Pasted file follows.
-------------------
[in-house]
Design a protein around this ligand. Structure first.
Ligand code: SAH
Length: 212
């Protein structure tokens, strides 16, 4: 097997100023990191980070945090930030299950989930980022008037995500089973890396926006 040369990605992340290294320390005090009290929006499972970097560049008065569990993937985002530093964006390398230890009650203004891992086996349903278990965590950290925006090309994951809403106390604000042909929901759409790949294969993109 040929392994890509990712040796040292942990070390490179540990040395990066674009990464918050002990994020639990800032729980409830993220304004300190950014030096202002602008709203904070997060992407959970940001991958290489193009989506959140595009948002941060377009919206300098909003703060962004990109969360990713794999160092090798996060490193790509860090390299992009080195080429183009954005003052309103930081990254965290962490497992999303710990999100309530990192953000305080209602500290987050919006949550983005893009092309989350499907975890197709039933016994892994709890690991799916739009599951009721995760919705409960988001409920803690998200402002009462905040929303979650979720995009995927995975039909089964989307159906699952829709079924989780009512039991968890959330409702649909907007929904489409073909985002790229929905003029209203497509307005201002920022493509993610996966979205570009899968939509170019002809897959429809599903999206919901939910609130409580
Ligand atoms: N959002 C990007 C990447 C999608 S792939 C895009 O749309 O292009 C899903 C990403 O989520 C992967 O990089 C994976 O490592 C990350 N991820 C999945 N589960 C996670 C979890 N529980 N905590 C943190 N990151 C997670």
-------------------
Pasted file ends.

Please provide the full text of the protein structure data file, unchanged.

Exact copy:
[in-house]
Design a protein around this ligand. Structure first.
Ligand code: SAH
Length: 212
């Protein structure tokens, strides 16, 4: 097997100023990191980070945090930030299950989930980022008037995500089973890396926006 040369990605992340290294320390005090009290929006499972970097560049008065569990993937985002530093964006390398230890009650203004891992086996349903278990965590950290925006090309994951809403106390604000042909929901759409790949294969993109 040929392994890509990712040796040292942990070390490179540990040395990066674009990464918050002990994020639990800032729980409830993220304004300190950014030096202002602008709203904070997060992407959970940001991958290489193009989506959140595009948002941060377009919206300098909003703060962004990109969360990713794999160092090798996060490193790509860090390299992009080195080429183009954005003052309103930081990254965290962490497992999303710990999100309530990192953000305080209602500290987050919006949550983005893009092309989350499907975890197709039933016994892994709890690991799916739009599951009721995760919705409960988001409920803690998200402002009462905040929303979650979720995009995927995975039909089964989307159906699952829709079924989780009512039991968890959330409702649909907007929904489409073909985002790229929905003029209203497509307005201002920022493509993610996966979205570009899968939509170019002809897959429809599903999206919901939910609130409580
Ligand atoms: N959002 C990007 C990447 C999608 S792939 C895009 O749309 O292009 C899903 C990403 O989520 C992967 O990089 C994976 O490592 C990350 N991820 C999945 N589960 C996670 C979890 N529980 N905590 C943190 N990151 C997670």